Messianic-City: Ruins, Refuge and Hospitality in Derrida
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Messianic-City:
Ruins, Refuge and Hospitality in Derrida

The Heart of the City

"Listen first to those who, like myself, did not have to watch TV to know that SOME of L.A. was burning," Derrida wrote to a newsletter in response to the riots triggered by the Rodney King events in 1992, adding, "L.A. is not anywhere, but it is a singular organization of the experience of 'anywhere'" ("Faxitexture" 28). At a time when one hardly needs to watch TV to know that many cities around the world are burning, or are targeted and wounded, bombed and invaded—as if the Biblical injunction, "Then ye shall appoint you cities to be cities of refuge for you" had turned against itself, or had suspended itself, thereby converting cities of refuge into sites of intense hostility—it would be pertinent to recall the many illuminating texts Derrida has composed on cities and how deconstruction is inextricably related to burning, cinders, ashes, ruins, haunting, dissemination and destruction, and at the same time to rebuilding, inheriting, maintaining (maintenant), opening, reconstructing and welcoming. At the same time, it is precisely his evocation of the city as a place of refuge modeled after a certain messianicity, if not messianism, that exposes his own texts to a rigorous rethinking and critique. A number of fascinating readings have been done on Derrida's concept of hospitality, yet hardly anything has been written on the theme of the city in Derrida, even [End Page 68] though it is not difficult to see that for Derrida cities represent what his seminar on hospitality calls the very "structures of welcoming [les structures de l'accueil]" (Acts of Religion 361). After looking closely at the direct as well as oblique references to cities which traverse Derrida's work like traces that radically erase themselves while presenting themselves, it would not be an exaggeration to claim that one has not quite approached deconstruction if one has not yet visited Derrida's concept of the city. It should be recalled that Derrida in Dissemination refers to a radical anteriority explicitly in terms of the city when he talks about a tower that "occupies a place before 'me,'" and like a sentence that awaits me, keeps watch over me and "surveys my heart's core—which is precisely a city, a labyrinthine one" (341, italics added).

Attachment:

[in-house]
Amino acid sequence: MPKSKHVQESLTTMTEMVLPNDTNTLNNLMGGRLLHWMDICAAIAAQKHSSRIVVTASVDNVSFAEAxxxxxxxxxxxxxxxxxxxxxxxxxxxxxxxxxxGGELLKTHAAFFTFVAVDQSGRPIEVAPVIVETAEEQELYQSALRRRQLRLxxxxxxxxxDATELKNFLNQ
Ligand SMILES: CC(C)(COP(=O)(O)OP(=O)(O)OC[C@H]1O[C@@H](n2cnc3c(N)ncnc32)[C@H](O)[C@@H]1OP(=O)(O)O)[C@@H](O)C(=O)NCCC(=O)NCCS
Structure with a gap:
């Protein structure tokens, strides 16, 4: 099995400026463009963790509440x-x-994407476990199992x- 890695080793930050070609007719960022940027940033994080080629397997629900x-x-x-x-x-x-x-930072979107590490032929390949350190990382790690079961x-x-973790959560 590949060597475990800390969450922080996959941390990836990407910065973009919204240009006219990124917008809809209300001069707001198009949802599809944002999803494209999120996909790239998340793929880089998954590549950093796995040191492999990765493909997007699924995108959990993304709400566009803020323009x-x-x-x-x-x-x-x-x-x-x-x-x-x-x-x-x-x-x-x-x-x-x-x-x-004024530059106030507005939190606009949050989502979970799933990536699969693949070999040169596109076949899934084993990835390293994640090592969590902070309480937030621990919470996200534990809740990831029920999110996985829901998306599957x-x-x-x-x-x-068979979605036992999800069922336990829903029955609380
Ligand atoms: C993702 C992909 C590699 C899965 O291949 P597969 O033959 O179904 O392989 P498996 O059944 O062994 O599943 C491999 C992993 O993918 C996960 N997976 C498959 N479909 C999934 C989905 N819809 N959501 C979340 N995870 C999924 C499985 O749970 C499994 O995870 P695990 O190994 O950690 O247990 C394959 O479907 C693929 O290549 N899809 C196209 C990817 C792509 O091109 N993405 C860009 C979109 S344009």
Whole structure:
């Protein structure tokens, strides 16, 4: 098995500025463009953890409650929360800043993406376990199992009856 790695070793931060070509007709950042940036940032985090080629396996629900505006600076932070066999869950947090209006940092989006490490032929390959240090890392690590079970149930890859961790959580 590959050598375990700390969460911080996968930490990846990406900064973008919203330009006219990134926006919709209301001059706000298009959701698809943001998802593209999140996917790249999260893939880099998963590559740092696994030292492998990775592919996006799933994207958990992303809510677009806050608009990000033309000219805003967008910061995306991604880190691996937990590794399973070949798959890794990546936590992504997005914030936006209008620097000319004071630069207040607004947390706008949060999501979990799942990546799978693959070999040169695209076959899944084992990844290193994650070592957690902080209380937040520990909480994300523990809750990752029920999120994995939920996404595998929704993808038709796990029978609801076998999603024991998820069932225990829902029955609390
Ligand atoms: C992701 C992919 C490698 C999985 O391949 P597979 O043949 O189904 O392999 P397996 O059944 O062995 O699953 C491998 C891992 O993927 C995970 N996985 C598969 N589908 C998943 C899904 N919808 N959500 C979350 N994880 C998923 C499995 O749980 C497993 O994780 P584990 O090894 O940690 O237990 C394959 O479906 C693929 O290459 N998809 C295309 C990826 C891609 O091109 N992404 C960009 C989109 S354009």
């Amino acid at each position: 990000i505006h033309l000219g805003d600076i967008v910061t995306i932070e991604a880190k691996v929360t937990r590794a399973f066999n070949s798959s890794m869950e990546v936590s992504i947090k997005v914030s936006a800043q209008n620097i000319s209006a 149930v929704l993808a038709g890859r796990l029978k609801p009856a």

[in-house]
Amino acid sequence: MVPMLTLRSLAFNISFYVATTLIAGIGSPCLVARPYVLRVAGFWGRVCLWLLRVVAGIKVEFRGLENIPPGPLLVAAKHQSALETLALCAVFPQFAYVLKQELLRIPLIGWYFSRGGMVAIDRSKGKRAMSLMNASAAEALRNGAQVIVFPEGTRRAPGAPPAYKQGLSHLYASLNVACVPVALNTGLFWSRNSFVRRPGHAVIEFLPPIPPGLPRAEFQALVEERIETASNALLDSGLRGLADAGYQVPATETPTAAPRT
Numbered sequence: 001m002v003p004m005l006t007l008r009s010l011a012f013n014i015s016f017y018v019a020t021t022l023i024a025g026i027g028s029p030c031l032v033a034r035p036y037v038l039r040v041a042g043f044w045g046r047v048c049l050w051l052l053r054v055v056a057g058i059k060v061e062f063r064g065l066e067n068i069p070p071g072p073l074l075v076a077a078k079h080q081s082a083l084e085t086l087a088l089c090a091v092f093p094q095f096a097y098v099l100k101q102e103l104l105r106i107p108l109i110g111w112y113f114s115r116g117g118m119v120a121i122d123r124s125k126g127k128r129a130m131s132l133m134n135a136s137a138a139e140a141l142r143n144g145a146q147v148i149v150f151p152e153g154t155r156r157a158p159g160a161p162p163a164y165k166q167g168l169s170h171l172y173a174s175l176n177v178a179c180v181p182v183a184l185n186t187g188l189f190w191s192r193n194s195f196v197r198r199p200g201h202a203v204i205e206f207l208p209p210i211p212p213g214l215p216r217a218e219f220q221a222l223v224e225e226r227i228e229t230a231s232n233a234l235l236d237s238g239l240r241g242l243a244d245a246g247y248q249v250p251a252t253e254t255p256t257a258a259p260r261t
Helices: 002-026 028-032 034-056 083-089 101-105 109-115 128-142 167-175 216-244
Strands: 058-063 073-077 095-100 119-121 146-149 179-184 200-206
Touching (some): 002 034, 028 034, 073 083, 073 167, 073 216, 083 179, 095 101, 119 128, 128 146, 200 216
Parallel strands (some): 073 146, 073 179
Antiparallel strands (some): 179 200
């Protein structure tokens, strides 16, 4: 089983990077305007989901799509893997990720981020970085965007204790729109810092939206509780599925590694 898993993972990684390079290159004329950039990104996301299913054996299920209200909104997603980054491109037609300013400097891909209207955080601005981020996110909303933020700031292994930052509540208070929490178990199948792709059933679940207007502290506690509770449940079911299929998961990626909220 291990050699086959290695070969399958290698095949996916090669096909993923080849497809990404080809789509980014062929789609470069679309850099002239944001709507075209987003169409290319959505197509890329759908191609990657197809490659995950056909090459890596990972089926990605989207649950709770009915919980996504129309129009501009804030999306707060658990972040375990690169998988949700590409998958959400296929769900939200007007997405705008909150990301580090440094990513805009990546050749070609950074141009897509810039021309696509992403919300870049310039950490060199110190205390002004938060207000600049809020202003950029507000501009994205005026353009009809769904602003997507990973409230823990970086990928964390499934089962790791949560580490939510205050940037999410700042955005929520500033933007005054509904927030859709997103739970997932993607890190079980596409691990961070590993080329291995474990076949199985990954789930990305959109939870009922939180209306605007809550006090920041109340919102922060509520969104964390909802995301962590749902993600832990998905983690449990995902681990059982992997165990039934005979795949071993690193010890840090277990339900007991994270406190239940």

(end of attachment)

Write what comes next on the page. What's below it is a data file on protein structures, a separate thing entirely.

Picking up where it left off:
On the one hand Derrida's city is split—like Jean-Luc Nancy's "heart," which Nancy says does not exist before the break, for "it is the break itself that makes a heart" (99)—into the tower and the labyrinth, whose destiny is decided by the tower. On the other hand, however, the "heart," which is one of the most recurring themes in Derrida, and which he characterizes by using "city" as a trope, ironically evokes unicity, even an essence. The oneness or ipseity of the heart in Derrida becomes obvious when, in The Gift of Death, he prophesies that the future belongs to the heart insofar as the heart is "a place of treasures," the treasures to come, treasures one saves "beyond the economy of the terrestrial visible or sensible," or the priceless treasures of the "celestial capital" (98). In "Che cos'è la poesia?" Derrida returns to this theme to argue that poetry is a dictation from the other that is lost "in anonymity, between city and nature"; and the secret of this dictation from the other that remains im-presentable can only be learned by heart (223). A poem, Derrida continues, is "what teaches the heart, invents the heart" but the invention that causes the heart beat lies "beyond oppositions, beyond outside and inside" (231). Again, in For What Tomorrow, Derrida evokes the "heart" while analyzing the problem of sovereign monopoly over the death penalty, arguing for the unconditional abolition of the death penalty both for reasons of principle (rather than utility or inutility) and for reasons of the heart (89–90), as if the reasons of the heart had been deployed to counter the reasons of the head, or in other words, sovereignty as being "head" of the State.

Contrary to Henri Lefebvre's critique that deconstruction and poststructuralism conceptualize...